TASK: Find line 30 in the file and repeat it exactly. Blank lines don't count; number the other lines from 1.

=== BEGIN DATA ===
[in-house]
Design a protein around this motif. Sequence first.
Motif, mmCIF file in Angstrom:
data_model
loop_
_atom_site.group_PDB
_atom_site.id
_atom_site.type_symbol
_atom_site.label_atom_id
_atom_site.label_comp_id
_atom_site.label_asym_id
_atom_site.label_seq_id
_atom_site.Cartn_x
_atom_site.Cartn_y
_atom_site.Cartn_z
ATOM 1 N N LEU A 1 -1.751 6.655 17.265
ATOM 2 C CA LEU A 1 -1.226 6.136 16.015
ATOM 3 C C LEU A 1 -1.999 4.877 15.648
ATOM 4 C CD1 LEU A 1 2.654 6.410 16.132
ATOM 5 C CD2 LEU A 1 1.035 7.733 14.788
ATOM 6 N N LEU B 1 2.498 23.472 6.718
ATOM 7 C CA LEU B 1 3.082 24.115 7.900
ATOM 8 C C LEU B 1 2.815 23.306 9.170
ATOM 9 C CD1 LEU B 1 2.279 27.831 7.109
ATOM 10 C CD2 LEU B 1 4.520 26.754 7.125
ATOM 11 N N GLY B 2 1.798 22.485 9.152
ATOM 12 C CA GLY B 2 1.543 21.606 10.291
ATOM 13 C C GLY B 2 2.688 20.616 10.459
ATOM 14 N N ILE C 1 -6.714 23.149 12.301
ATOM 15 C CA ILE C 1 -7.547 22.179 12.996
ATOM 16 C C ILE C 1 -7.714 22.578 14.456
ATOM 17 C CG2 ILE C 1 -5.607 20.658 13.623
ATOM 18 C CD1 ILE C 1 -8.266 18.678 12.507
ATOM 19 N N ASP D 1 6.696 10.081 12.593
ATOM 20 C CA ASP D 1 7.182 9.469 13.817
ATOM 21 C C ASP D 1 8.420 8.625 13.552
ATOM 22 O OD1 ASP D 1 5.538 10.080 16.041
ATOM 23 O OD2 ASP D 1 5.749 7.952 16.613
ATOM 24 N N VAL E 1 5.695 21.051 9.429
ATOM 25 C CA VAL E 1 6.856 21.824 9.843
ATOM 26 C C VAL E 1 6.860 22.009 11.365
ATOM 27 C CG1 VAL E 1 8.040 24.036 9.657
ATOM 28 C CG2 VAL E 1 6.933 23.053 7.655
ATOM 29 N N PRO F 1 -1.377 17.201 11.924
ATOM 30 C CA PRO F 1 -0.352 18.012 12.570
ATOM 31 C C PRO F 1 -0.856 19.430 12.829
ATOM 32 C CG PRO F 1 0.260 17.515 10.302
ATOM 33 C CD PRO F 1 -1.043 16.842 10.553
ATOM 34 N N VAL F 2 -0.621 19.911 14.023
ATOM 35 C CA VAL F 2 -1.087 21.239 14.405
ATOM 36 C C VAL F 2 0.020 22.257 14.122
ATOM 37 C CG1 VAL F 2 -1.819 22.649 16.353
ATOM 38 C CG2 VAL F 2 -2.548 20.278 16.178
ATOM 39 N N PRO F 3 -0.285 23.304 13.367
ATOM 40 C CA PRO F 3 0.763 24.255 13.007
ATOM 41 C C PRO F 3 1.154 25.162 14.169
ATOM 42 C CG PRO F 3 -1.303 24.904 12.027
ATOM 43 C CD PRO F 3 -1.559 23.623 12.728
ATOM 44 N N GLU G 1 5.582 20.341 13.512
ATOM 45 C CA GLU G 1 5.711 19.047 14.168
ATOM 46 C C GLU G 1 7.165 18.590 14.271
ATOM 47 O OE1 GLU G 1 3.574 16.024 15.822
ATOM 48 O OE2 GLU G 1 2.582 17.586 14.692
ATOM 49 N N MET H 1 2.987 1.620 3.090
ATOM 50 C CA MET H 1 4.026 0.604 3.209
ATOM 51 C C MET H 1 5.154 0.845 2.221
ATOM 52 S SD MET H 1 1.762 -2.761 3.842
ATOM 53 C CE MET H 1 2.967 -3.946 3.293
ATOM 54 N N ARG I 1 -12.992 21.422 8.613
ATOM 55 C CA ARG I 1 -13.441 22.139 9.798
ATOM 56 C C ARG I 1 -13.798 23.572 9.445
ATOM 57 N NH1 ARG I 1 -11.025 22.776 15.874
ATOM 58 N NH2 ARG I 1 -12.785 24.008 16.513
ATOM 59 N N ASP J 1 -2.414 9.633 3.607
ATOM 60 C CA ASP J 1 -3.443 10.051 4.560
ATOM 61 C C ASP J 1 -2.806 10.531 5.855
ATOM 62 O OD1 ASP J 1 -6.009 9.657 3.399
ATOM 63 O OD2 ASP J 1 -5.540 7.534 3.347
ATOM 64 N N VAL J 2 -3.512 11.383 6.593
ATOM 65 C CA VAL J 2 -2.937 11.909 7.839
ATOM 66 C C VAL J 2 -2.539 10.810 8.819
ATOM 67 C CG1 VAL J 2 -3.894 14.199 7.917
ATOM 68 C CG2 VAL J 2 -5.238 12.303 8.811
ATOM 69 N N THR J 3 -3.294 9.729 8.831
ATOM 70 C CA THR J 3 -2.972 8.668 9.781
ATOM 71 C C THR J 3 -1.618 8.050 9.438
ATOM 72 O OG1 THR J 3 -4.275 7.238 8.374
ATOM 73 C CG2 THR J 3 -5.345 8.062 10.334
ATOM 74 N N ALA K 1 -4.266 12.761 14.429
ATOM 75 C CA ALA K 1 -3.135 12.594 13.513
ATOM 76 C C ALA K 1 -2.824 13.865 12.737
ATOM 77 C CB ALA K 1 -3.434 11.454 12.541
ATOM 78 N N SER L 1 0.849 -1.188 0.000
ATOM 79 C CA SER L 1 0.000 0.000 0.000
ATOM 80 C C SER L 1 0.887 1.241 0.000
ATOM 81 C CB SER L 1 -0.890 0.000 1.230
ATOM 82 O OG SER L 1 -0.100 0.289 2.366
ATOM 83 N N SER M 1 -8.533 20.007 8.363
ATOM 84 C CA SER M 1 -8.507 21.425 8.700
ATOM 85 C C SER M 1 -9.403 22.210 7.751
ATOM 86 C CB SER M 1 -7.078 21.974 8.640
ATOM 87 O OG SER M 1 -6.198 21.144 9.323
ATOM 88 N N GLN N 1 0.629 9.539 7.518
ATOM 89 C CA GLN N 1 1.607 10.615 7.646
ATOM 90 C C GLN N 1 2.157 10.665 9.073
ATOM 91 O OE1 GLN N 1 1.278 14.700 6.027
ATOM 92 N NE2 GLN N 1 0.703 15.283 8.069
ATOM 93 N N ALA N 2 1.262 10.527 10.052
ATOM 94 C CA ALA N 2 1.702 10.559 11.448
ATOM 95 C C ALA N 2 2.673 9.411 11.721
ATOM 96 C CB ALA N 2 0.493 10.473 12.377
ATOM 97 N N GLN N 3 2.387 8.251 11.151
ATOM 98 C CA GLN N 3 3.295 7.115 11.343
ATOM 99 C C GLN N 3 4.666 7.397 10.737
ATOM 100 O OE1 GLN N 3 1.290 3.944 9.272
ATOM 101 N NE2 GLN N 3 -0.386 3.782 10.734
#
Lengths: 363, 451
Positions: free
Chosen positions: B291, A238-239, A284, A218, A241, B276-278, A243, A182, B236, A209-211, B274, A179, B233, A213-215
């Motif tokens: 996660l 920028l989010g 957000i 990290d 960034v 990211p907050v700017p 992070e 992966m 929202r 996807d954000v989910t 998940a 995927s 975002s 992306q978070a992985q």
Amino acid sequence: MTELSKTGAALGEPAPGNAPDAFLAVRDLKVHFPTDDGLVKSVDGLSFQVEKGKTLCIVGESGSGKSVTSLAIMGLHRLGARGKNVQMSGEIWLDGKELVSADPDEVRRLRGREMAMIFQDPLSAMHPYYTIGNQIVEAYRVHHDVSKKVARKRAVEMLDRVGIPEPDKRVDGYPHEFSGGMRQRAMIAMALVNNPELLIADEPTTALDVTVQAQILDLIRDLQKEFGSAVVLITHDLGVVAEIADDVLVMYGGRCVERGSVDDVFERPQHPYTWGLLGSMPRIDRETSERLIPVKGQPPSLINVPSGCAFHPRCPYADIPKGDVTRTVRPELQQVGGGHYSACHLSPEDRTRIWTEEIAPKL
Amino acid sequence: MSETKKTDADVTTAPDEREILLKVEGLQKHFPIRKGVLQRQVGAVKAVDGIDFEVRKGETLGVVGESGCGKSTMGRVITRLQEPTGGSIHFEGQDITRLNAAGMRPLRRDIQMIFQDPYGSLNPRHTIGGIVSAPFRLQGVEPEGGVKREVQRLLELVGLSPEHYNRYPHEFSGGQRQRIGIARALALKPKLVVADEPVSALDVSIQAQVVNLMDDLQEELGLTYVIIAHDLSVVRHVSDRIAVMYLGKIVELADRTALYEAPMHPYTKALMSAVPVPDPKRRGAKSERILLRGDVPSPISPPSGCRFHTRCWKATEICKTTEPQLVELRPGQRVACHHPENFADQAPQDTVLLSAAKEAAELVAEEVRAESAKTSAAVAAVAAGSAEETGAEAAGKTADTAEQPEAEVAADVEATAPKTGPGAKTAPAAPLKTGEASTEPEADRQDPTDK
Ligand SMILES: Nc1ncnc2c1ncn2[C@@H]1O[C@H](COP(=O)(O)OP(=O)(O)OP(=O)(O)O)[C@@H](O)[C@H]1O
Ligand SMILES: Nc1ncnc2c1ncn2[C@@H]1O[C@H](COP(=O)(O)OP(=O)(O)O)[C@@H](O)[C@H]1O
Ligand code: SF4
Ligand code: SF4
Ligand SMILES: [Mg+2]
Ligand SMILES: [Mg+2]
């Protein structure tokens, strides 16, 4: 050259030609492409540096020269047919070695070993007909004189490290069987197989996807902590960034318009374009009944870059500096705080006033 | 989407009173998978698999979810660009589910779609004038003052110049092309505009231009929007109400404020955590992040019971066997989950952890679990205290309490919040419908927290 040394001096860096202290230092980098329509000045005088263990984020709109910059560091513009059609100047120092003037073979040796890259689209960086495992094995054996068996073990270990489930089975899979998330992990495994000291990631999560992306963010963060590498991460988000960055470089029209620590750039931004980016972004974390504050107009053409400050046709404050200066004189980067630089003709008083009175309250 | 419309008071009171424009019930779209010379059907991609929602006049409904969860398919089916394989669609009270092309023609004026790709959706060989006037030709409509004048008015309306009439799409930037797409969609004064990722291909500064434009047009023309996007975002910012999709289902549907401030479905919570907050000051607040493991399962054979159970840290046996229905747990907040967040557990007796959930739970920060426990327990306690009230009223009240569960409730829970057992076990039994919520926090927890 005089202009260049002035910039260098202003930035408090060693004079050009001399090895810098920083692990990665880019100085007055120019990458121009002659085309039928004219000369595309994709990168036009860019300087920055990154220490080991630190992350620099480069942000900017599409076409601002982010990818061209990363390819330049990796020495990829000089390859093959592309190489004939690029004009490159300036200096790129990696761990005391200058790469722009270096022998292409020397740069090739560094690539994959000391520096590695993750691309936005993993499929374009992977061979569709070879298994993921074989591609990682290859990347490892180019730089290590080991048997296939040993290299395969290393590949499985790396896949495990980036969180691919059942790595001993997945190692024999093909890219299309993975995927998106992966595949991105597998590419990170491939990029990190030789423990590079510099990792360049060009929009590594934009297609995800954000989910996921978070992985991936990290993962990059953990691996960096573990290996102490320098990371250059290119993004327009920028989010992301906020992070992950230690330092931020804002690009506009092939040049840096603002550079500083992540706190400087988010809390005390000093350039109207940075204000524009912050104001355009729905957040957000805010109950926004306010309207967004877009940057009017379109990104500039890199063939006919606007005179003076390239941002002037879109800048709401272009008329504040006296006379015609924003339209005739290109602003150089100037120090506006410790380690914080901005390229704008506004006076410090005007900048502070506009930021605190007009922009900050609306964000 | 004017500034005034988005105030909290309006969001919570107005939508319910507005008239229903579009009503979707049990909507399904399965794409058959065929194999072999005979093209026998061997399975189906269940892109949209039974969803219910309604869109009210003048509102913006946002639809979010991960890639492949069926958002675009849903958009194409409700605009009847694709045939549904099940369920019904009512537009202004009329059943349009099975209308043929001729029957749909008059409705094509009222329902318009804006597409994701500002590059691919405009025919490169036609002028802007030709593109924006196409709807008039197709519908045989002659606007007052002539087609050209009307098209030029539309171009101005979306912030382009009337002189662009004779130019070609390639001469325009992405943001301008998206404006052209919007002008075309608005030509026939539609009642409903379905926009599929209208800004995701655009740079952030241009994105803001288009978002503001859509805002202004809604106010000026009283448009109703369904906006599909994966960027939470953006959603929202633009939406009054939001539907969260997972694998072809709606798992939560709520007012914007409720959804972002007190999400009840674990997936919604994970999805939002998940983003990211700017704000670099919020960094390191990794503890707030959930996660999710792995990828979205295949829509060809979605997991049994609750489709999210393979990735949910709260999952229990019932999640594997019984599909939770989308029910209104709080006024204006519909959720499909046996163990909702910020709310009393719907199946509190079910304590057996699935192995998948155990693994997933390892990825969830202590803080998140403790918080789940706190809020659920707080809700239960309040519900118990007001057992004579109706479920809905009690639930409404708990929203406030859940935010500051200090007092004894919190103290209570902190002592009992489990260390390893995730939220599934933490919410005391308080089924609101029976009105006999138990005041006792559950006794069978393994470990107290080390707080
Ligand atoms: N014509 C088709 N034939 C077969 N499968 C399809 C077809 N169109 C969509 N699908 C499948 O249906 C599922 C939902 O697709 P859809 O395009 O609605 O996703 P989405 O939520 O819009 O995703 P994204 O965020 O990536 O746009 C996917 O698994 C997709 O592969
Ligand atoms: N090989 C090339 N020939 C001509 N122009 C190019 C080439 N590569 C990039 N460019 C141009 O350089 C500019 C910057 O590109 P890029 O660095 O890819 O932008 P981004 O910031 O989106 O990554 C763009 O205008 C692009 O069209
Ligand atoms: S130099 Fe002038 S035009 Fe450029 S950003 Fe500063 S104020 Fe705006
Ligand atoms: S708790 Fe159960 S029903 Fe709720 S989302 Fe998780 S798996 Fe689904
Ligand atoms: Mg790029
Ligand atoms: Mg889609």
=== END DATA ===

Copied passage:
ATOM 15 C CA ILE C 1 -7.547 22.179 12.996